This essay deals with Brendan Kennelly’s commitment to the dramatic revisitation of three classic Greek tragedies: Antigone, Medea and The Trojan Women. Kennelly’s versions of these plays were written and performed in the last decades of the XX century, and later republished as a trilogy in 2006. Both the originals and Kennelly’s versions dramatise timeless human dilemmas, as relevant now as they were in ancient times and they all focus on women whose lives are torn apart by war, family conflict and despotic regimes. The aim of the essay is to show how Kennelly’s rewritings, here treated as literary texts and not as performance texts, differ from those of other Irish authors, both of those who reworked the same ancient Greek tragedies at the end of the XX century, as he did, and of those who reworked them at the beginning of the XXI century. Kennelly offers here a modern (re)reading of three classic ancient plays that have handed down their universal messages throughout the centuries. He filters these messages through the perspective of an author rooted in and mindful of the Irish historical experience, with a particular sensitivity to the psychology and destiny of women seen both as victims and as social heroines. At the same time, he conveys a message he soon conceived then perceived as universal when, in 2006, he decided to collect the three plays in a unique volume. Meanwhile, the simultaneous publication of a collection of poems entitled Now (a title clearly echoing that of the trilogy: When Then is Now) is a further proof of the loud echo spread by the ancient Greek tragedies into the author’s more recent poetic inspiration.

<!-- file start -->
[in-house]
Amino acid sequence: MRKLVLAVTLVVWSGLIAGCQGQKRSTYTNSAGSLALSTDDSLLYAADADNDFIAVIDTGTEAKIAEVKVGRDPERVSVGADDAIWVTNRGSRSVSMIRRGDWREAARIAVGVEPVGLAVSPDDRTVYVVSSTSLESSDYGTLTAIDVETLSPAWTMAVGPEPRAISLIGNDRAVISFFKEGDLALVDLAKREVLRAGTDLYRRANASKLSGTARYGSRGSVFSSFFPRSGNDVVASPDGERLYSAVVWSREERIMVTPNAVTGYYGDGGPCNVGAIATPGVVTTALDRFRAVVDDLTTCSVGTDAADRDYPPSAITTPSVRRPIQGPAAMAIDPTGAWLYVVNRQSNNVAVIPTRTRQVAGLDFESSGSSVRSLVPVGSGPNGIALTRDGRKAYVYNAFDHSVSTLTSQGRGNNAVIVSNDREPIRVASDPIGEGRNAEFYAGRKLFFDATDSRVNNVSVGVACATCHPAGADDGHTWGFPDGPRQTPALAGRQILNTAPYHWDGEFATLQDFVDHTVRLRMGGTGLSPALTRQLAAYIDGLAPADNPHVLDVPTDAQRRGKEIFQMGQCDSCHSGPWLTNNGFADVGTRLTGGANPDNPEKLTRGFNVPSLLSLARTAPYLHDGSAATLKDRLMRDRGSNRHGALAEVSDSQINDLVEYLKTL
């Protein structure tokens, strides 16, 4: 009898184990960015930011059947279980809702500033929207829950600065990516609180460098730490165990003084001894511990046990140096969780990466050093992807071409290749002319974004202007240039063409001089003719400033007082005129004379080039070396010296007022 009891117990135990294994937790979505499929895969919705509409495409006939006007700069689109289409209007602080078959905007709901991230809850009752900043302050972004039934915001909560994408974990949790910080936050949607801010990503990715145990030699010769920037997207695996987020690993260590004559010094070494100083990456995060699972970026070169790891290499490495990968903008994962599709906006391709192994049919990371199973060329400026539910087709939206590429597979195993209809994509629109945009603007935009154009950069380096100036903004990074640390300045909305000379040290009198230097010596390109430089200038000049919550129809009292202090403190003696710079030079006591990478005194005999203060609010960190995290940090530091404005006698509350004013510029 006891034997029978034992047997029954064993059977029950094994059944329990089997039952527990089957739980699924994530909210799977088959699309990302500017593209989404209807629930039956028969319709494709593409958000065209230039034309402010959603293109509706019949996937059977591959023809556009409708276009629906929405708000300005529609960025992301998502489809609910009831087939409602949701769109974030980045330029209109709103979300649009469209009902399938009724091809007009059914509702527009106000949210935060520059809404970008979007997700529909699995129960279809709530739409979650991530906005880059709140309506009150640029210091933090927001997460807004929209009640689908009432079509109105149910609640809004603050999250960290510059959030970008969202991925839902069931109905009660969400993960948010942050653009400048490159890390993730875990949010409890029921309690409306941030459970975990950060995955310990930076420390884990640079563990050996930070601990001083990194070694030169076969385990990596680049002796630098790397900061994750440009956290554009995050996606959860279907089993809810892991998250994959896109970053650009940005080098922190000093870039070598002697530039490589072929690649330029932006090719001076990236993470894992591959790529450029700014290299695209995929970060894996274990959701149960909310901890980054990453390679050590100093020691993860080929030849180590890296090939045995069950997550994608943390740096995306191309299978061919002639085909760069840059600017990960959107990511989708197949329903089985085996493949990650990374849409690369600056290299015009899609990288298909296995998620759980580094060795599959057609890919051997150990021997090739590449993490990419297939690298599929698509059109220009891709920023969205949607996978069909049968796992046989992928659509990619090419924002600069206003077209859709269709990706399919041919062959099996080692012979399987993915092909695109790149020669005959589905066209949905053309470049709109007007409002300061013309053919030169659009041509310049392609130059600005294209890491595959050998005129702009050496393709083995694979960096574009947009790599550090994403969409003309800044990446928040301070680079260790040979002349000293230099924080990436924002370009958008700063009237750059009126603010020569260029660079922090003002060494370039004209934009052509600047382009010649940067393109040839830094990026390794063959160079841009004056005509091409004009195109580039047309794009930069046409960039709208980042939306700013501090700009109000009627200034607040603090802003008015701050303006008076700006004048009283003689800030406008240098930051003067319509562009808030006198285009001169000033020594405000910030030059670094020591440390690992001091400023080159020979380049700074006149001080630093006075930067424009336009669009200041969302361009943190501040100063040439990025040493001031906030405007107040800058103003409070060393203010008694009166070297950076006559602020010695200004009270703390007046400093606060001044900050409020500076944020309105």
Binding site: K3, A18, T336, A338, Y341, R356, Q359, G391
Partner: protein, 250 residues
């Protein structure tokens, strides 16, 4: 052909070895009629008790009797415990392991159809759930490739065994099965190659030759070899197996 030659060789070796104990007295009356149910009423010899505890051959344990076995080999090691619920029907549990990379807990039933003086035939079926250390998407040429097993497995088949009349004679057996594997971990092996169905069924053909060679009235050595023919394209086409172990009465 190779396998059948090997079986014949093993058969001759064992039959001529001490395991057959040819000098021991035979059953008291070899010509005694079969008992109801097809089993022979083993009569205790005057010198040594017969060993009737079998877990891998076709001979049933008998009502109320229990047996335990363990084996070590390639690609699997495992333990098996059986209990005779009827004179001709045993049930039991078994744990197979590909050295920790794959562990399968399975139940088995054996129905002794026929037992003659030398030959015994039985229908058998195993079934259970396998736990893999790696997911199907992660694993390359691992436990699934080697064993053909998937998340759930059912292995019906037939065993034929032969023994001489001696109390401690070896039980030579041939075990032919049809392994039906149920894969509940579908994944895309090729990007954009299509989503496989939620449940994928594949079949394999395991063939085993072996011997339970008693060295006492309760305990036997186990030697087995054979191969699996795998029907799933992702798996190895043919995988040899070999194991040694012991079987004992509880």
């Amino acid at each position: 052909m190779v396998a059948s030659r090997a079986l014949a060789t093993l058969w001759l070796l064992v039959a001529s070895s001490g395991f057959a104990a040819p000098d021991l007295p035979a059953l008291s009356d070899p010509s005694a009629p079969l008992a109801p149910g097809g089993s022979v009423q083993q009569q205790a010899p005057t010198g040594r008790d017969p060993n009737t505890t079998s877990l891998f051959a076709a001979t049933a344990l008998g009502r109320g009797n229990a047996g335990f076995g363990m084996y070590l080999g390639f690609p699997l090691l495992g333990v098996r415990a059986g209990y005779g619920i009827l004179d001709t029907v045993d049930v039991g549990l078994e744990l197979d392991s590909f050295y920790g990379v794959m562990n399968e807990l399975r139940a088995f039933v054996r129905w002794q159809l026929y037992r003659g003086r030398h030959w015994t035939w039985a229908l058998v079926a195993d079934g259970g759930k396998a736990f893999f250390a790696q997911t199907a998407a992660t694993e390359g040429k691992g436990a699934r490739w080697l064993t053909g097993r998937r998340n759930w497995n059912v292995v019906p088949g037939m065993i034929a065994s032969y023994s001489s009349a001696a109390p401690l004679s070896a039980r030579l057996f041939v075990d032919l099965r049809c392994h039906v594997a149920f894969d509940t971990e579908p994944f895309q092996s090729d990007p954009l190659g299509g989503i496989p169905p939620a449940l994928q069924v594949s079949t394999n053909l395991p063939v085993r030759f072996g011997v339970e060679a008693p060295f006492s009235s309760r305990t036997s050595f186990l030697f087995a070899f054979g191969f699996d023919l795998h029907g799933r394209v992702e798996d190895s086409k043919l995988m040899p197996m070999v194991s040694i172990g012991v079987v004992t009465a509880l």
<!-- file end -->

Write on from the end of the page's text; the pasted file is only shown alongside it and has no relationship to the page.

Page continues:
|Numero di pagine||18|
|Stato di pubblicazione||Pubblicato - 2021|
- Classic Theatre